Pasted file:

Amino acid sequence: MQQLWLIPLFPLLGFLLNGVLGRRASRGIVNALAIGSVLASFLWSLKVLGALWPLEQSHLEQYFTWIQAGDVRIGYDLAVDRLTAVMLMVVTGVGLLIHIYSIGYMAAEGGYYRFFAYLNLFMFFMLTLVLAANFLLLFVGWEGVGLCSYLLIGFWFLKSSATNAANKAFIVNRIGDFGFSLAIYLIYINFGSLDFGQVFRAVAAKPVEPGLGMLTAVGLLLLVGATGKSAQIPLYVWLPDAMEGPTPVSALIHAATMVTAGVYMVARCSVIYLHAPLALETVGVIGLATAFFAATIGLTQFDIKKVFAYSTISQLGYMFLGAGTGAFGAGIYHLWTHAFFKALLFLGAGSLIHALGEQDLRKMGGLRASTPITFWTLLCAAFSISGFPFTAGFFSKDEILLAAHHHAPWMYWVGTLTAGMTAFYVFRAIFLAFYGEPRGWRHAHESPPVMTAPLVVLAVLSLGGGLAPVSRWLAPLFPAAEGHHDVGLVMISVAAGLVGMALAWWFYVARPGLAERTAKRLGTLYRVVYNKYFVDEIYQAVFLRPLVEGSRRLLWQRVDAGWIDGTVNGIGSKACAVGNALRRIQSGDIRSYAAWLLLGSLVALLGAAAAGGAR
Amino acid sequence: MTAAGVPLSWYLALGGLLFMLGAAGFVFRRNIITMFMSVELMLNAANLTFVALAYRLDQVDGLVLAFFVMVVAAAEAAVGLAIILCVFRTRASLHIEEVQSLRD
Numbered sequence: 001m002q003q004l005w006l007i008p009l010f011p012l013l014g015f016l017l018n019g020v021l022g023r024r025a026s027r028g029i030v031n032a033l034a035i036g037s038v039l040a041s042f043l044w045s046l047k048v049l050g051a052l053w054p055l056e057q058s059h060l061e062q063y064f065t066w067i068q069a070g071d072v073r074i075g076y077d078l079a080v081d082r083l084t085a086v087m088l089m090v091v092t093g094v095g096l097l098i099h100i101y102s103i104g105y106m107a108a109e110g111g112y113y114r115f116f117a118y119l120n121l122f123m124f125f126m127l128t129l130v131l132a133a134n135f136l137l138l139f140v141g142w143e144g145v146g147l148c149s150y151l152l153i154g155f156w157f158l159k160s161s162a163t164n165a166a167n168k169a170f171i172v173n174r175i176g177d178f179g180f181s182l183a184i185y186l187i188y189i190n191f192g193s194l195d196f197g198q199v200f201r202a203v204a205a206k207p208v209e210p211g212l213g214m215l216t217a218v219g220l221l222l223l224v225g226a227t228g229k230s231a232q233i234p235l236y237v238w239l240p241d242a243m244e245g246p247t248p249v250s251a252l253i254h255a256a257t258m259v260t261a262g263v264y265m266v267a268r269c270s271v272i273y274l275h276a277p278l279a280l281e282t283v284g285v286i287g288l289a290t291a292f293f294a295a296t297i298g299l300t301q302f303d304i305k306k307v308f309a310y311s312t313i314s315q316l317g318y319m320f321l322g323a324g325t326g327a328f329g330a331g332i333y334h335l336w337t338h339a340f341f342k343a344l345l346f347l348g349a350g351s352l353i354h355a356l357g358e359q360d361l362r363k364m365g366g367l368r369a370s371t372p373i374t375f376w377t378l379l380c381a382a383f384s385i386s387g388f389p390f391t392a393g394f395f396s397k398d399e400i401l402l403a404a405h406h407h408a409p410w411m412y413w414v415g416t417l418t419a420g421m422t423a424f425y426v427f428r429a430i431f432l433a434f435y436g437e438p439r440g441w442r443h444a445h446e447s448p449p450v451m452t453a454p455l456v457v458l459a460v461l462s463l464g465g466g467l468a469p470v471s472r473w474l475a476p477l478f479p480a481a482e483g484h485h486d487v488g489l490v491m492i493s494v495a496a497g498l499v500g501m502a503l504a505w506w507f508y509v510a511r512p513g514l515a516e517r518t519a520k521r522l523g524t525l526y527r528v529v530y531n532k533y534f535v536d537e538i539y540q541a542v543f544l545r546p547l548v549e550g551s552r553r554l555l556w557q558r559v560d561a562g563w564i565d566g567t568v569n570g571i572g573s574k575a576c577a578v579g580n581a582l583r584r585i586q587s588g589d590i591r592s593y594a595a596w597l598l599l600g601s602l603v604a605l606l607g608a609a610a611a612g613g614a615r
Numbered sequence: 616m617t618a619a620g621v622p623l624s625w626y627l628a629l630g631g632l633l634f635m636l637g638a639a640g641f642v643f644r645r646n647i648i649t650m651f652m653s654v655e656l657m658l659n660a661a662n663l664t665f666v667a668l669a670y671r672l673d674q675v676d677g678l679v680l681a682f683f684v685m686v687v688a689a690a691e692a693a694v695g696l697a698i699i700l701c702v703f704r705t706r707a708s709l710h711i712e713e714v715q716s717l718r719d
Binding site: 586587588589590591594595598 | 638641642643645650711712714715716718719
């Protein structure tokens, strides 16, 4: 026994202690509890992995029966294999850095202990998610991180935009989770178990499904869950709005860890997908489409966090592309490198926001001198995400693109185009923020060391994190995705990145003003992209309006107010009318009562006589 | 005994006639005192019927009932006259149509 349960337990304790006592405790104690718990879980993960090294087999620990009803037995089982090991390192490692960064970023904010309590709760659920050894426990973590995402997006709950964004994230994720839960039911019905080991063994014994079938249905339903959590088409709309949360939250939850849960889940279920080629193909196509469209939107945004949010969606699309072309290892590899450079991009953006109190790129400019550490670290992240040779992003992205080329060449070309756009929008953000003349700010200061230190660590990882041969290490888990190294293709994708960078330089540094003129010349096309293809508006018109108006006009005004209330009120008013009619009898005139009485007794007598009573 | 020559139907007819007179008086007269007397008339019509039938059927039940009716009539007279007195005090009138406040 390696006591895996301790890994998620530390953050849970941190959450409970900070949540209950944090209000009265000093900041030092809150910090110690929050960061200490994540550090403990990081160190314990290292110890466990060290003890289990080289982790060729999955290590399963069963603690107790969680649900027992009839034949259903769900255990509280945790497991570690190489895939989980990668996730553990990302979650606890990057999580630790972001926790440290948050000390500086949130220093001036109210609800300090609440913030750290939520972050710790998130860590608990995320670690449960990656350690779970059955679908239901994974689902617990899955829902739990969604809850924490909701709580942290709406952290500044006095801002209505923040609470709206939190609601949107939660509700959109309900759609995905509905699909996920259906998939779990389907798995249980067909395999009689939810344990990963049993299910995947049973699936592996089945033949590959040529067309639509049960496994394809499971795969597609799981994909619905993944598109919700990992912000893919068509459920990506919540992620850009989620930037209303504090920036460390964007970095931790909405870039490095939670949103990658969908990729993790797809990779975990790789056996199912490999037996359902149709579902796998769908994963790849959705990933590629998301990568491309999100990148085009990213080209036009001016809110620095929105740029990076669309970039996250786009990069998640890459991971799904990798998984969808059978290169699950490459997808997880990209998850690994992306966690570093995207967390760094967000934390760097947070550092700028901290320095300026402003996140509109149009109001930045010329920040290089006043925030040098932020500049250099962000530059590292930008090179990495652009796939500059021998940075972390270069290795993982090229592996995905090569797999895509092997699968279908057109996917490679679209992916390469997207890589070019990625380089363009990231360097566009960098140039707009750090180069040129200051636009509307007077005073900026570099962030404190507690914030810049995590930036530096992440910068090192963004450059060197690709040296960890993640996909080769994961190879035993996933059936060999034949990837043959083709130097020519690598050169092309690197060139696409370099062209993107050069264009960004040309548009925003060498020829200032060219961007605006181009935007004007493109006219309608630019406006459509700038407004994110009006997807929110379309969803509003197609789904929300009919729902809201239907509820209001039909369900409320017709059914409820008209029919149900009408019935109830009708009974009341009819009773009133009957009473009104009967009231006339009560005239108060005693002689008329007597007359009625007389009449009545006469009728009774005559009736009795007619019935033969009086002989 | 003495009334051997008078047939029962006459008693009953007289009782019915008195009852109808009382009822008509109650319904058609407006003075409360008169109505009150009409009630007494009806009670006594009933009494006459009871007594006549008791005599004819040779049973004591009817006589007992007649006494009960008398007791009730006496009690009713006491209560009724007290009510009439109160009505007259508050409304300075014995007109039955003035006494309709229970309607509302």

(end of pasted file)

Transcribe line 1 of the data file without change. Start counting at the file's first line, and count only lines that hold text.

Amino acid sequence: MQQLWLIPLFPLLGFLLNGVLGRRASRGIVNALAIGSVLASFLWSLKVLGALWPLEQSHLEQYFTWIQAGDVRIGYDLAVDRLTAVMLMVVTGVGLLIHIYSIGYMAAEGGYYRFFAYLNLFMFFMLTLVLAANFLLLFVGWEGVGLCSYLLIGFWFLKSSATNAANKAFIVNRIGDFGFSLAIYLIYINFGSLDFGQVFRAVAAKPVEPGLGMLTAVGLLLLVGATGKSAQIPLYVWLPDAMEGPTPVSALIHAATMVTAGVYMVARCSVIYLHAPLALETVGVIGLATAFFAATIGLTQFDIKKVFAYSTISQLGYMFLGAGTGAFGAGIYHLWTHAFFKALLFLGAGSLIHALGEQDLRKMGGLRASTPITFWTLLCAAFSISGFPFTAGFFSKDEILLAAHHHAPWMYWVGTLTAGMTAFYVFRAIFLAFYGEPRGWRHAHESPPVMTAPLVVLAVLSLGGGLAPVSRWLAPLFPAAEGHHDVGLVMISVAAGLVGMALAWWFYVARPGLAERTAKRLGTLYRVVYNKYFVDEIYQAVFLRPLVEGSRRLLWQRVDAGWIDGTVNGIGSKACAVGNALRRIQSGDIRSYAAWLLLGSLVALLGAAAAGGAR